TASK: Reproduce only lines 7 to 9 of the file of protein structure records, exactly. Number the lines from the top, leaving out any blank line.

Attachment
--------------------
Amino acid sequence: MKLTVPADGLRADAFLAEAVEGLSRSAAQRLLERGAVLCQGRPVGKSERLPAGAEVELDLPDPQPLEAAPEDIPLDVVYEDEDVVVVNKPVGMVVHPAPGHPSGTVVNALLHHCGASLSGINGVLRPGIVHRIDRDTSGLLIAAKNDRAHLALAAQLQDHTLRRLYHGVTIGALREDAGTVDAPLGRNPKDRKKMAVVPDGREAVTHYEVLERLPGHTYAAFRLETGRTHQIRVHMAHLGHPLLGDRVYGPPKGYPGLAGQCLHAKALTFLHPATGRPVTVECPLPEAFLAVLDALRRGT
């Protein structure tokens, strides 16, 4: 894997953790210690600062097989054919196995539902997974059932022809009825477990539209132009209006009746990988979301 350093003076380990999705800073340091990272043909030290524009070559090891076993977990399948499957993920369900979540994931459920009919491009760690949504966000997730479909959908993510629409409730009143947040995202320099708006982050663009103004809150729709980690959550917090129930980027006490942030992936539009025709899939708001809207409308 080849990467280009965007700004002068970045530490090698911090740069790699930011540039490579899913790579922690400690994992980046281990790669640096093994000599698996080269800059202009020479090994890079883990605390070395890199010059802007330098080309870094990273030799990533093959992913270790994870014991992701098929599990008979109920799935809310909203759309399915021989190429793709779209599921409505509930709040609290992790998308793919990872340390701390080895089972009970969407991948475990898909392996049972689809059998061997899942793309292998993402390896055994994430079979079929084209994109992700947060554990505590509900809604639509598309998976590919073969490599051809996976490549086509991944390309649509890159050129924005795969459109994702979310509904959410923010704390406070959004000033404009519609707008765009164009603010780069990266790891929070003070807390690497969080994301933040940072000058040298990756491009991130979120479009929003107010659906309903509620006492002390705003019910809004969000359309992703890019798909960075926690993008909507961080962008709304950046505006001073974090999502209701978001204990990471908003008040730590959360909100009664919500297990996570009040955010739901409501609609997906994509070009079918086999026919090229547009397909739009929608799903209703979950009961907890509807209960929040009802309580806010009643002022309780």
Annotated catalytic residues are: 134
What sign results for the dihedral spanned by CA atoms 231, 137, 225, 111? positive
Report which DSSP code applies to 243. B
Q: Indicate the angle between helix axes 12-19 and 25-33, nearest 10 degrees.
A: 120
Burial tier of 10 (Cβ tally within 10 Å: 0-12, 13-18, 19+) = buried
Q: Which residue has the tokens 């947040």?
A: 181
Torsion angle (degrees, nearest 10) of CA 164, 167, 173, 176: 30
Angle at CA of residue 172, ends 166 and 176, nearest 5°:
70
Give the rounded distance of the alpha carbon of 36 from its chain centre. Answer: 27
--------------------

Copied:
A: 120
Burial tier of 10 (Cβ tally within 10 Å: 0-12, 13-18, 19+) = buried
Q: Which residue has the tokens 């947040």?